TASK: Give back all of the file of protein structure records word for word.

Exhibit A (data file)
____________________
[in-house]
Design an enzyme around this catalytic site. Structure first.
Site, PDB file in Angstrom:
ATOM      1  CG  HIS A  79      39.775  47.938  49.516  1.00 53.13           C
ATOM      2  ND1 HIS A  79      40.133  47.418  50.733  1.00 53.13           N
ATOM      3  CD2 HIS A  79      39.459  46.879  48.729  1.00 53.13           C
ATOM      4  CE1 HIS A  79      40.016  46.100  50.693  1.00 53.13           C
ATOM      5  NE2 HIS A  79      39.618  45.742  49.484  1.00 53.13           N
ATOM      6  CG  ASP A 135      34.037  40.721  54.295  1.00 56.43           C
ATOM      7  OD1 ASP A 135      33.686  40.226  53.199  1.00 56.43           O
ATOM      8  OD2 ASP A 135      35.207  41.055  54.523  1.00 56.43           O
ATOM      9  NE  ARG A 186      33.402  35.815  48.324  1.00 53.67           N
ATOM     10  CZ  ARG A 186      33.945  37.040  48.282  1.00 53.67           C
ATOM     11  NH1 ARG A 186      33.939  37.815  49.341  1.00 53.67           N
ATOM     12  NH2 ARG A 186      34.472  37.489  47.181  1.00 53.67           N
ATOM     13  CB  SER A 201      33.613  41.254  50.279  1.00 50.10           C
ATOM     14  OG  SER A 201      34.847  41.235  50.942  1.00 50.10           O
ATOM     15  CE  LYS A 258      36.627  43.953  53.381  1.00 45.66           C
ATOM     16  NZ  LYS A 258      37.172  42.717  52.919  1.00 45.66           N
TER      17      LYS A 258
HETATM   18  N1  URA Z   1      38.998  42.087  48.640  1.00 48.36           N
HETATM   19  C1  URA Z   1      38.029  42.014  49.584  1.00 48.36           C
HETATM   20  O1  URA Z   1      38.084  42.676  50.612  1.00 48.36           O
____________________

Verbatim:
[in-house]
Design an enzyme around this catalytic site. Structure first.
Site, PDB file in Angstrom:
ATOM      1  CG  HIS A  79      39.775  47.938  49.516  1.00 53.13           C
ATOM      2  ND1 HIS A  79      40.133  47.418  50.733  1.00 53.13           N
ATOM      3  CD2 HIS A  79      39.459  46.879  48.729  1.00 53.13           C
ATOM      4  CE1 HIS A  79      40.016  46.100  50.693  1.00 53.13           C
ATOM      5  NE2 HIS A  79      39.618  45.742  49.484  1.00 53.13           N
ATOM      6  CG  ASP A 135      34.037  40.721  54.295  1.00 56.43           C
ATOM      7  OD1 ASP A 135      33.686  40.226  53.199  1.00 56.43           O
ATOM      8  OD2 ASP A 135      35.207  41.055  54.523  1.00 56.43           O
ATOM      9  NE  ARG A 186      33.402  35.815  48.324  1.00 53.67           N
ATOM     10  CZ  ARG A 186      33.945  37.040  48.282  1.00 53.67           C
ATOM     11  NH1 ARG A 186      33.939  37.815  49.341  1.00 53.67           N
ATOM     12  NH2 ARG A 186      34.472  37.489  47.181  1.00 53.67           N
ATOM     13  CB  SER A 201      33.613  41.254  50.279  1.00 50.10           C
ATOM     14  OG  SER A 201      34.847  41.235  50.942  1.00 50.10           O
ATOM     15  CE  LYS A 258      36.627  43.953  53.381  1.00 45.66           C
ATOM     16  NZ  LYS A 258      37.172  42.717  52.919  1.00 45.66           N
TER      17      LYS A 258
HETATM   18  N1  URA Z   1      38.998  42.087  48.640  1.00 48.36           N
HETATM   19  C1  URA Z   1      38.029  42.014  49.584  1.00 48.36           C
HETATM   20  O1  URA Z   1      38.084  42.676  50.612  1.00 48.36           O